The interior of the Umayyad Mosque in Damascus before it was damaged by the war
Sheikh Muhammad Al-Yaquobi, former preacher of the Grand Umayyad Mosque of Damascus, and one of the fiercest opponents of the terrorist group ISIS, will be leading funeral and Friday prayers at the Al-Huda Foundation in Fishers, Indiana over the soul of Abdulrahman Kassig, also known as Peter. Kassig, an aid worker who left his comfortable life in America to help the Syrian people, was brutally beheaded by terrorists of ISIS this week. Kassig’s parents, family, and friends will be in attendance at the prayer.
Kassig, 26, grew up in Indianapolis, and is the only son of Paula and Ed Kassig. He was captured in 2013 while on his way to Deir Ezzor, Syria. While in captivity, he converted to Islam and took the name Abdul-Rahman Kassig.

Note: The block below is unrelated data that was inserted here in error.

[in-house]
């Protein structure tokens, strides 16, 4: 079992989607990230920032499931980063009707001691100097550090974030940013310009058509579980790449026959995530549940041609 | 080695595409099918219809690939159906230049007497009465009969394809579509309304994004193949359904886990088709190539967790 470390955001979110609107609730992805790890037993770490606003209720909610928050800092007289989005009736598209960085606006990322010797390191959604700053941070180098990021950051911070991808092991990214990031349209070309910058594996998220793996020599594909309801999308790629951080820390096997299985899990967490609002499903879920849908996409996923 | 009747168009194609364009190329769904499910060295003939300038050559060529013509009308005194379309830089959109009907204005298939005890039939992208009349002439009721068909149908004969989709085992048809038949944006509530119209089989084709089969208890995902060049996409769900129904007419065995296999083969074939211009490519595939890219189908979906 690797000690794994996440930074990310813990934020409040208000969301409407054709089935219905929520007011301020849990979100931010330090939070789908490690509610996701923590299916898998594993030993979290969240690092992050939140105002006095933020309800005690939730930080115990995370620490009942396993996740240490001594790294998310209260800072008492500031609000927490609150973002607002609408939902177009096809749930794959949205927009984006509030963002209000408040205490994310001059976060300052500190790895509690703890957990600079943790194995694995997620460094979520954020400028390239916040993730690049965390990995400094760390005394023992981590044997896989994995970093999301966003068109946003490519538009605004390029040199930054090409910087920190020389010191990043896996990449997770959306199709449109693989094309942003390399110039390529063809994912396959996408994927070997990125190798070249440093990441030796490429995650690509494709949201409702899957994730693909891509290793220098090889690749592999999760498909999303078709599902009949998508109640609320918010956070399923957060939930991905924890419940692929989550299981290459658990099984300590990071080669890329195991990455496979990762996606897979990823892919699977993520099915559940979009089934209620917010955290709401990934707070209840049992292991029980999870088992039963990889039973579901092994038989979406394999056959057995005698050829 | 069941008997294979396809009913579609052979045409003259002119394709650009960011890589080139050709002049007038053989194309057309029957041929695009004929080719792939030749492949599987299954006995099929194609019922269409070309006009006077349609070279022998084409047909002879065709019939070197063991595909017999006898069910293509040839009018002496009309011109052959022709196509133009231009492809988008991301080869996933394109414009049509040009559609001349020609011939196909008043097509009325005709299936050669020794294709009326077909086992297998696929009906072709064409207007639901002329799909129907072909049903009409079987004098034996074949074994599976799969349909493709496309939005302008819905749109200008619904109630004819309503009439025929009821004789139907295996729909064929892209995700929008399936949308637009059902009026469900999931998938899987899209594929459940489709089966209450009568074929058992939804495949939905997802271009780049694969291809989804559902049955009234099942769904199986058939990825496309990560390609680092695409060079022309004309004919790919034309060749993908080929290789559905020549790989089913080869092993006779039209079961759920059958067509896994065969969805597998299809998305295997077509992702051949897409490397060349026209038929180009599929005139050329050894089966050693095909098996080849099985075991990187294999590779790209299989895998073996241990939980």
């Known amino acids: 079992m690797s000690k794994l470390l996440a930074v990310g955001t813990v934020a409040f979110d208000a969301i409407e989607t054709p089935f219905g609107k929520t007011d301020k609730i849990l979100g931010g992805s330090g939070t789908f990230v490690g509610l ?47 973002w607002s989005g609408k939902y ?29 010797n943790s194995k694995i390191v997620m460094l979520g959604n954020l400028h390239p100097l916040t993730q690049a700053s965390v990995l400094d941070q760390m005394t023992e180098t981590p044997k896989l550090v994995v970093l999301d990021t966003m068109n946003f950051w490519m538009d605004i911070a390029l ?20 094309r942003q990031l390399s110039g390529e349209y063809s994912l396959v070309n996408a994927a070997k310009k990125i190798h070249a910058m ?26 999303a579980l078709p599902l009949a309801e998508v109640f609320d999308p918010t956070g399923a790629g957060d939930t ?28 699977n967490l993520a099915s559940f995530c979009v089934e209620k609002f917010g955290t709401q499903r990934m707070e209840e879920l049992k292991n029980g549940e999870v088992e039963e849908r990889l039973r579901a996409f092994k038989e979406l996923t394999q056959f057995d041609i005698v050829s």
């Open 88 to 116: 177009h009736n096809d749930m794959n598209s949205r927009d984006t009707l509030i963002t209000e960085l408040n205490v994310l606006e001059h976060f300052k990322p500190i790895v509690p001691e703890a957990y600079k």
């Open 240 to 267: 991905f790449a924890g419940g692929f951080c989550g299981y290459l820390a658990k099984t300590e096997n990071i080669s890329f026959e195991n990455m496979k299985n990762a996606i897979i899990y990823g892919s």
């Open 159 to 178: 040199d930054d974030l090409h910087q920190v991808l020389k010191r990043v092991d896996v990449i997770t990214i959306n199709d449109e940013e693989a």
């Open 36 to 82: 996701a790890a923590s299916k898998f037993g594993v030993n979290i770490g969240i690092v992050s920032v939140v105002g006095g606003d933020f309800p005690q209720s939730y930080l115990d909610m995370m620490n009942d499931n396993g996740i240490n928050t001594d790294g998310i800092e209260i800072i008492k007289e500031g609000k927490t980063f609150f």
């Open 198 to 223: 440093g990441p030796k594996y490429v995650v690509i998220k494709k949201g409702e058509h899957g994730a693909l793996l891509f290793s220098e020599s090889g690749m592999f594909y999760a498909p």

Al-Yaqoubi, a Syrian, was an early critic of President Bashar al-Assad, and was forced to flee the country soon after the 2011 revolution began, having called on the president to step down. He recently signed a fatwa and letter to the leader of ISIS, Abu Bakr al-Baghdadi, affirming that it is a great sin for any Muslim to join ISIS. This letter has been co-signed by over 100 Muslim scholars. Furthermore, he recently told CNN’s Amanpour that ISIS leader al-Baghdadi is “going to hell” and that ISIS is the “most extreme group in Islam” and a “threat to the world” that must be eliminated. He has been an outspoken opponent of extremist groups and has called strongly for the protection of Christians, Alawites, Yazidis and other minorities.
“Peter Kassig is a hero to the Syrian people. He made the ultimate sacrifice to help those in dire need, and is the example of a true Muslim unlike the barbarians of ISIS whose brutality knows no boundaries,” said Kenan Rahmani, board member of the Syrian American Council.
The prayer will be held at Alhuda Foundation, 12201 Lantern Road, Fishers, IN 46038 and the sermon will begin at 1:10 PM. Alhuda Foundation invites visitors including friends and family of Abdulrahman Kassig to
observe the funeral service. Media and cameras are welcome inside the mosque.